CW: death, HIV/AIDS, and cancer
First off, I read this for my practicum because my field instructor and preceptor recommended it. (Aka, my supervisors at the company I’m placed with.) As most of you know, I’m placed with a hospice. All of my clients are in the process of dying because they have a diagnosis of six months or less.
Usually, that’s a bit of a conversation killer. People don’t tend to look on death fondly or want to think about it unless they really have to. I’m no different there.
So, the only reason I’m reading this is because of my lovely supervisors who really know their stuff. I’m glad that I read it, sincerely so. I actually read the last five chapters at practicum one day because my preceptor got a bit tied up doing things.
Second, I sincerely think that everyone should read this book. We all have to face death in our lives. It’s a natural and normal part of it. And this book really gets down the important things for those who have a life-shortening illness. This gives us the tips of what’s important to know.
This book is geared towards physicians and the people who are in the dying process. (And, I say dying process because they are expected to pass soon, but they are not actively passing away. It’s not imminent. The fun particulars you learn in this job!) However, as a social worker and someone who will use this in personal and work life, it gives so many important things. Such as, lessening waiting time, the importance of physical touch, helping someone review their life and speak their truth, and discovering who they are.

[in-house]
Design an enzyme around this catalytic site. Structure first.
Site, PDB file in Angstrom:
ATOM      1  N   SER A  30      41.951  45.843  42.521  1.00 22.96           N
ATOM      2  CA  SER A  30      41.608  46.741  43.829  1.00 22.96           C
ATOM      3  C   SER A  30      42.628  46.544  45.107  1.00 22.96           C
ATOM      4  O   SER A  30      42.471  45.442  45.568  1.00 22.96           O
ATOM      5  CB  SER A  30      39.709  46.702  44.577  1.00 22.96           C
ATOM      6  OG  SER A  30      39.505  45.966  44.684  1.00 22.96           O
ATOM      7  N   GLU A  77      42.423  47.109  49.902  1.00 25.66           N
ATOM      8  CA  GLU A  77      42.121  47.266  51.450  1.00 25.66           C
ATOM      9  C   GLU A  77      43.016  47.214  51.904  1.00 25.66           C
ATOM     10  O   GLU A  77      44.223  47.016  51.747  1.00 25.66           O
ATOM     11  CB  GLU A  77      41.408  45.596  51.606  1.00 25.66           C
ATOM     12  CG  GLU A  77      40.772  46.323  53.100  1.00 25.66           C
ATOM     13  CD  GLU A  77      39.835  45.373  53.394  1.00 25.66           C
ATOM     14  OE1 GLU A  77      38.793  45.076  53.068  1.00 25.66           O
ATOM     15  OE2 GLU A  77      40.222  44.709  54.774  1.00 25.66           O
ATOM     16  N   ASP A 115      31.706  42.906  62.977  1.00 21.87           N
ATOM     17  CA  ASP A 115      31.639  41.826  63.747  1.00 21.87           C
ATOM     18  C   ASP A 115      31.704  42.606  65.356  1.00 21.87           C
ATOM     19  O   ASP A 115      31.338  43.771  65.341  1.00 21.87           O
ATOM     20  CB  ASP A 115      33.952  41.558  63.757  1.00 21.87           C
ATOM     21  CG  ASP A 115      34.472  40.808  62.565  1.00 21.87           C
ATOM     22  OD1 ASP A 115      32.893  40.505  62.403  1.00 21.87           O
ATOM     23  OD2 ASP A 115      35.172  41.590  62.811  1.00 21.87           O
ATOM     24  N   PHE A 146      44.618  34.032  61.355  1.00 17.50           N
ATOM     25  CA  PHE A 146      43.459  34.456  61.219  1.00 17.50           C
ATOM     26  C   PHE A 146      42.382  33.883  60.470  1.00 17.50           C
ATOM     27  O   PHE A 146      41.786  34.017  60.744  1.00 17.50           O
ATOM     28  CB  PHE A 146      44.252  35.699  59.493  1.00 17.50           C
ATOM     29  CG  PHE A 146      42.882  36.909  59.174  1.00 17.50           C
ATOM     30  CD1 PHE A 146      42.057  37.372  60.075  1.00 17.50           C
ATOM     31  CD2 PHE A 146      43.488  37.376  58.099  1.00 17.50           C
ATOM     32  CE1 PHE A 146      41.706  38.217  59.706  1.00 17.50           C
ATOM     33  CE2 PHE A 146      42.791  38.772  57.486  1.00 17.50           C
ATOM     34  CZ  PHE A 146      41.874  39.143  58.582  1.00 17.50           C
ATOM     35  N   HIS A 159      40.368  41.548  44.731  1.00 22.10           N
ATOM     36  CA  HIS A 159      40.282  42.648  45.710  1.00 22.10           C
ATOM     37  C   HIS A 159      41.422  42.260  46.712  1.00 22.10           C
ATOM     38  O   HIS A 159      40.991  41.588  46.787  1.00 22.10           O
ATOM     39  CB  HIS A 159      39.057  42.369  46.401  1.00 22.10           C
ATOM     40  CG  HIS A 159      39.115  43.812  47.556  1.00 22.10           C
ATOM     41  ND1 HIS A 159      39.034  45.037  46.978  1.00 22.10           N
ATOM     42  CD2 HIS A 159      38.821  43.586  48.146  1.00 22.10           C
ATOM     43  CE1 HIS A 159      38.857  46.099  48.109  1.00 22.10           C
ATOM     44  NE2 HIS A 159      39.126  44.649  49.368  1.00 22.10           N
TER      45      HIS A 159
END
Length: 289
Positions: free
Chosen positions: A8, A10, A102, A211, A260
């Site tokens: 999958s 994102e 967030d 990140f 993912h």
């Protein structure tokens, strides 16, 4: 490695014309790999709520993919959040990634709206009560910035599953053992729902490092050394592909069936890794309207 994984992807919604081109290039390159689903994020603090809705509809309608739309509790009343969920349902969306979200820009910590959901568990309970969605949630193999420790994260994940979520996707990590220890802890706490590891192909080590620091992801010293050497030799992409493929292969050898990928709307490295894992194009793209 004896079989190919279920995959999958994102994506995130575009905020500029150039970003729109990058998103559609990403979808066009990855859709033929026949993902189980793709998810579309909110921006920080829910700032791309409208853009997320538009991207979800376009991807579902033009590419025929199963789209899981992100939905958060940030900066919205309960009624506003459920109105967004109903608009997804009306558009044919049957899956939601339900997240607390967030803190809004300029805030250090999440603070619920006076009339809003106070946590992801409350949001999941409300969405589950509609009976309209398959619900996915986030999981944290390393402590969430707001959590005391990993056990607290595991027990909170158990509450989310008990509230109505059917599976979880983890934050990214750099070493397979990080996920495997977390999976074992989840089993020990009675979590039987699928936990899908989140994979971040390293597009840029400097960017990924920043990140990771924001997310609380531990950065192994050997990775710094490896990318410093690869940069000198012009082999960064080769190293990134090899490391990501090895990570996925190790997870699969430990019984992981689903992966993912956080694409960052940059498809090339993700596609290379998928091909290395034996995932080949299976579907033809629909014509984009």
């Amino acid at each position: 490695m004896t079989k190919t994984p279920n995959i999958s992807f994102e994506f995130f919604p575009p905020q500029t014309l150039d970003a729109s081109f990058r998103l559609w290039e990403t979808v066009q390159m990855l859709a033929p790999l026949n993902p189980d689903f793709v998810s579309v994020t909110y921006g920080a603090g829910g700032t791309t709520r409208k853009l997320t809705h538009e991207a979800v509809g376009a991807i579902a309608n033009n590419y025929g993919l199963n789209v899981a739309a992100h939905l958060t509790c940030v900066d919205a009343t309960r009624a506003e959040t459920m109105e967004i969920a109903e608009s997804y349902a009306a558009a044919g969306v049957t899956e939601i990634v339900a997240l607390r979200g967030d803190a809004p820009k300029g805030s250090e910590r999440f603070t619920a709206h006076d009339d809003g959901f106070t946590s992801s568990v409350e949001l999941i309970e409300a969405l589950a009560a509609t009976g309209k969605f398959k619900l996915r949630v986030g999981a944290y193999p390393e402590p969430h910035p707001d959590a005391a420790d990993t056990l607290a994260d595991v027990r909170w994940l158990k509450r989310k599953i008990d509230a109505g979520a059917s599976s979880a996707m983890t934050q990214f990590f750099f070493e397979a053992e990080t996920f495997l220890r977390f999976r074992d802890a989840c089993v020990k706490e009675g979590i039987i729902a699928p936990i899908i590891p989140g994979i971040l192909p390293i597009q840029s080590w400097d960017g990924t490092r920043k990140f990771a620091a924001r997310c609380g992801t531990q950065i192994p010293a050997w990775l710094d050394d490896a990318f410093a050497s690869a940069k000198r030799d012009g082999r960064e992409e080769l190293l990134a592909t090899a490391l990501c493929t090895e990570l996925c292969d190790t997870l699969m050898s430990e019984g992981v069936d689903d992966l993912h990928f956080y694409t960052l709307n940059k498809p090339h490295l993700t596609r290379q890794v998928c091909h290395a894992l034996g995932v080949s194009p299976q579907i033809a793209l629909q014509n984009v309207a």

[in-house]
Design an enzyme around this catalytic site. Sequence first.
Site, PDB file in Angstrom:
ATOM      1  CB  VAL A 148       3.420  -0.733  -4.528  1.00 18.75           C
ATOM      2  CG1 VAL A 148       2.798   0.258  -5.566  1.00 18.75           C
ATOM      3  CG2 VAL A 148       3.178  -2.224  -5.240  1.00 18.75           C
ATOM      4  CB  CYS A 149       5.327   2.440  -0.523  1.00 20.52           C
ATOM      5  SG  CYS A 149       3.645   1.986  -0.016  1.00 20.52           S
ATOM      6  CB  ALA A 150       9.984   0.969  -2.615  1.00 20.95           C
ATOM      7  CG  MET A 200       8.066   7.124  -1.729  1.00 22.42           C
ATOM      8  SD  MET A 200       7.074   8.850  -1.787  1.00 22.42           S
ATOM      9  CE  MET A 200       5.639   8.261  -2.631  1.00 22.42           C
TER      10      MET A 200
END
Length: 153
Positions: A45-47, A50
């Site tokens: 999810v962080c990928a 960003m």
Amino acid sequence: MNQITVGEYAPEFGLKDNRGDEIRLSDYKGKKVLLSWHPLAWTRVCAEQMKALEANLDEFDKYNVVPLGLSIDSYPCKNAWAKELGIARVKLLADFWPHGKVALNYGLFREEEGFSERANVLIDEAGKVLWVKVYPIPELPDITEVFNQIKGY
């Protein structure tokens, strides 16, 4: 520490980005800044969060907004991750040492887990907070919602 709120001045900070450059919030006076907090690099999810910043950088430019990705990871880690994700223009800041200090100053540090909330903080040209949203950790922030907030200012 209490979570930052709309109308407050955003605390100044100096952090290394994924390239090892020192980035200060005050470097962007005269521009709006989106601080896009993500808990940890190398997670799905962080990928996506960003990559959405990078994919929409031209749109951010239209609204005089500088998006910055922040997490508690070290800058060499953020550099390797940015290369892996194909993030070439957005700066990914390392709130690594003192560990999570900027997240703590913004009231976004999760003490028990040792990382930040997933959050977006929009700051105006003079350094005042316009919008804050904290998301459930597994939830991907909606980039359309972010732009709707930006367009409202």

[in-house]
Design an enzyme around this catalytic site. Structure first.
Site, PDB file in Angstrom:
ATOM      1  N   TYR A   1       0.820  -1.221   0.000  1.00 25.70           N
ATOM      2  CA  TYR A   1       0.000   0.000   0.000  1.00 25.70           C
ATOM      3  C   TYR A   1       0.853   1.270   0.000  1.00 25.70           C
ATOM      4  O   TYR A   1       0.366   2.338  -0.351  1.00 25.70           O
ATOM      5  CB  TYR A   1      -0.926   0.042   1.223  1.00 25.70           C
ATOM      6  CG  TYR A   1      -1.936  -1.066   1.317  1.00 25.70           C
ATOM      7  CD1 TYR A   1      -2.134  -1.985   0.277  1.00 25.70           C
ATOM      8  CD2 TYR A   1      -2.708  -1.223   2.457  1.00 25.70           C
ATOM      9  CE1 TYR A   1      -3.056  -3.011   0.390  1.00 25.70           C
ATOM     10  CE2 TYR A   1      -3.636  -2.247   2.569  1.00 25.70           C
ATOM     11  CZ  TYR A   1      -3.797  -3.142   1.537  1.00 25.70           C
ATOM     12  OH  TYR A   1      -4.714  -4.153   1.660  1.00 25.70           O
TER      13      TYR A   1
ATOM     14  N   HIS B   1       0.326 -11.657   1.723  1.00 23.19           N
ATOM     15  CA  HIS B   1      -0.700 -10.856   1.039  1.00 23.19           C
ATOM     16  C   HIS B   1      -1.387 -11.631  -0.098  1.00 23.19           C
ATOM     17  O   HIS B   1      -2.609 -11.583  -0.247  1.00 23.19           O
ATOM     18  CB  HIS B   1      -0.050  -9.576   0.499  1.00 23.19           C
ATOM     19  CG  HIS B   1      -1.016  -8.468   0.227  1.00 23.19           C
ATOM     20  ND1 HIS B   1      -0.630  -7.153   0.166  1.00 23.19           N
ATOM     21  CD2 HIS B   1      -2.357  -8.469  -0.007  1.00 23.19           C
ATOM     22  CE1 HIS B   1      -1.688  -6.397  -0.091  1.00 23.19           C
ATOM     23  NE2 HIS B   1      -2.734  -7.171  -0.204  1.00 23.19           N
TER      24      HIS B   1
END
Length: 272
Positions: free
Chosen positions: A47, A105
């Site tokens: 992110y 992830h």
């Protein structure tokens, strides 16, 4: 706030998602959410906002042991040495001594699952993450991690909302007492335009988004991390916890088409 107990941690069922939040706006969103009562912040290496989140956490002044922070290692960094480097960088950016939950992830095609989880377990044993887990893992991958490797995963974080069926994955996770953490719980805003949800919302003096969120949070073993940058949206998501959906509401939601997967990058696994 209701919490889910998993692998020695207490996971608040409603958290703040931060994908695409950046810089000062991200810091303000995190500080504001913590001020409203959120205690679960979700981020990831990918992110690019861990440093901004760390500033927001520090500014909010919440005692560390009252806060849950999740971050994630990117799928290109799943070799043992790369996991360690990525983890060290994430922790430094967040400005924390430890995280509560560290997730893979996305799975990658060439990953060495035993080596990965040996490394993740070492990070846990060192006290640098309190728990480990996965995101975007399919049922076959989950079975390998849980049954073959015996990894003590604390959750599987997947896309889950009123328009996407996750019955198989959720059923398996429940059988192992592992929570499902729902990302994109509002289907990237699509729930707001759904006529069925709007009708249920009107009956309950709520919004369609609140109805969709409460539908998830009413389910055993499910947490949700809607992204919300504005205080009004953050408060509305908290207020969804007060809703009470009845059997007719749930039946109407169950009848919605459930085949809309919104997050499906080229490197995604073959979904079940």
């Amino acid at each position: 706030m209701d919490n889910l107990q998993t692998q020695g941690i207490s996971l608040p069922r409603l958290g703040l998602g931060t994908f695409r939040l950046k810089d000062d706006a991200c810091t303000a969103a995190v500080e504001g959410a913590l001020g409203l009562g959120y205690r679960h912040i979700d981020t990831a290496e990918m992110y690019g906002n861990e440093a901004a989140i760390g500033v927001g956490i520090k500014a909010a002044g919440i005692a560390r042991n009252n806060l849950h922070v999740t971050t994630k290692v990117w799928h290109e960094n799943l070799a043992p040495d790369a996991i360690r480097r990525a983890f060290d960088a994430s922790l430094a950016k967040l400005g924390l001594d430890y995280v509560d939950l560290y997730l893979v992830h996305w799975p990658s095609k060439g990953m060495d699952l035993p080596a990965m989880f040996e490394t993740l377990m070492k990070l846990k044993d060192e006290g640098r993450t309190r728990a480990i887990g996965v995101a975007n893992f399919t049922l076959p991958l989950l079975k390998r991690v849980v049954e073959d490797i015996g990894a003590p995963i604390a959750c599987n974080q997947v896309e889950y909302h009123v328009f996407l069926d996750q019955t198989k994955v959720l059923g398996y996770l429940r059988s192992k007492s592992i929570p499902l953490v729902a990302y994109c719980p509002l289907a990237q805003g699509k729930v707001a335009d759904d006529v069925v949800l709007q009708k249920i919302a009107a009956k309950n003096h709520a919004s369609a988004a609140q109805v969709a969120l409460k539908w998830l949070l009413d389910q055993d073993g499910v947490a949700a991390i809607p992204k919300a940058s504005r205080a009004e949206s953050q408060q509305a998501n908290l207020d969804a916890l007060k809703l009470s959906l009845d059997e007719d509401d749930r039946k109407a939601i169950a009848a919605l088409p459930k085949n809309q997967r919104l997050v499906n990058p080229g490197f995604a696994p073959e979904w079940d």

I found this book extremely helpful, too. It provides prompts to help people talk about their lives, even if it brings out emotions that can make them and us uncomfortable. Not only that, but it just tells you how important presence is for that person.
Basically, it’s just important. We all will know people who are dying and we all will die. It just helps us keep in mind how to keep treating them as a person rather than this thing that we don’t know what to do with.
In my own practicum, the last thing I think about is the fact that this person in front of me is dying. Seriously. I consider it and I keep it in mind since there are things we have to guide them towards — such as, legal issues, funerals, burial or cremation, etc — but when I look at the person in front of me, I don’t think that they’re going to be dead or this could be the last time I could see them. They’re just a person who deserves my care and then I let them tell me what they need help with.
I know this review is rambly, but I found this book so important for my future practice and just life in general. It can be hard to read, but it’s just so informative.